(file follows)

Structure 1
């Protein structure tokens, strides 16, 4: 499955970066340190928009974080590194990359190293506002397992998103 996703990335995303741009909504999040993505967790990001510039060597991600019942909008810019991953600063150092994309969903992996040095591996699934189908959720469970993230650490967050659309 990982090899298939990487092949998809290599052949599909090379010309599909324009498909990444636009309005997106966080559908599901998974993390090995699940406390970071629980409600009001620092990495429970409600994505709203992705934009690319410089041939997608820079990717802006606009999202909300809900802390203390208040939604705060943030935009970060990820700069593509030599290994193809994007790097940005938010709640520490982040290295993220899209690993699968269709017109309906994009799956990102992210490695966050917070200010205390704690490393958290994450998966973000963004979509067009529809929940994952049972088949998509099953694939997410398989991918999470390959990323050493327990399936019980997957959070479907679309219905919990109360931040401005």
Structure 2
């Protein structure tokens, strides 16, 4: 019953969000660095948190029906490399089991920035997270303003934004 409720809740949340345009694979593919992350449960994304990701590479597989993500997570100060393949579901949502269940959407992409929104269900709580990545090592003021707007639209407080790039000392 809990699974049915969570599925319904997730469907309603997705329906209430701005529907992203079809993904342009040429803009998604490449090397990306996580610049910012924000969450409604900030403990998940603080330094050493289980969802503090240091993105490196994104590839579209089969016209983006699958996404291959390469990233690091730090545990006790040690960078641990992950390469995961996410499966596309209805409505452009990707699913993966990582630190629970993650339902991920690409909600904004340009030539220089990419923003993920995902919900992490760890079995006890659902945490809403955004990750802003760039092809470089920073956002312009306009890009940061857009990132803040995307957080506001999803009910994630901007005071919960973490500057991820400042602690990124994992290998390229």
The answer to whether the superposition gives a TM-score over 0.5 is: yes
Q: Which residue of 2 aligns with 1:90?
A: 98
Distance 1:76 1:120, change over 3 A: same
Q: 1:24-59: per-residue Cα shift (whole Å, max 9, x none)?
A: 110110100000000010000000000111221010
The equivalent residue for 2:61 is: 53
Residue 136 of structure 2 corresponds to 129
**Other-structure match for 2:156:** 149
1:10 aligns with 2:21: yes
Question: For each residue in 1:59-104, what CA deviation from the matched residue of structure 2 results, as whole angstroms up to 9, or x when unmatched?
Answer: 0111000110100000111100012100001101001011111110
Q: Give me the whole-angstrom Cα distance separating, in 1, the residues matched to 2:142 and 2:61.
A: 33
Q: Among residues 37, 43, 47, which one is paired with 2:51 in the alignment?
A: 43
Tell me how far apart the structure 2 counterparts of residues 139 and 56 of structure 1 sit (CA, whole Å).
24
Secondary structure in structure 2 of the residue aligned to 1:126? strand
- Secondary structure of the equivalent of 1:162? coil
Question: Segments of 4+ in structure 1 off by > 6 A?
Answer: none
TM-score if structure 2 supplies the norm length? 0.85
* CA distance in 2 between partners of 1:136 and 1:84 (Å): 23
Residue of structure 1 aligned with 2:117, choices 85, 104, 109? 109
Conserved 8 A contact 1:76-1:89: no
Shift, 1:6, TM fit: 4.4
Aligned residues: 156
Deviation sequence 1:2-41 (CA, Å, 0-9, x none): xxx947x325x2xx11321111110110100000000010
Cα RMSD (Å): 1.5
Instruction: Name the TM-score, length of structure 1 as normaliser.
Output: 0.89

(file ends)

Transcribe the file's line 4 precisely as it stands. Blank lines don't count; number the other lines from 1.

């Protein structure tokens, strides 16, 4: 019953969000660095948190029906490399089991920035997270303003934004 409720809740949340345009694979593919992350449960994304990701590479597989993500997570100060393949579901949502269940959407992409929104269900709580990545090592003021707007639209407080790039000392 809990699974049915969570599925319904997730469907309603997705329906209430701005529907992203079809993904342009040429803009998604490449090397990306996580610049910012924000969450409604900030403990998940603080330094050493289980969802503090240091993105490196994104590839579209089969016209983006699958996404291959390469990233690091730090545990006790040690960078641990992950390469995961996410499966596309209805409505452009990707699913993966990582630190629970993650339902991920690409909600904004340009030539220089990419923003993920995902919900992490760890079995006890659902945490809403955004990750802003760039092809470089920073956002312009306009890009940061857009990132803040995307957080506001999803009910994630901007005071919960973490500057991820400042602690990124994992290998390229």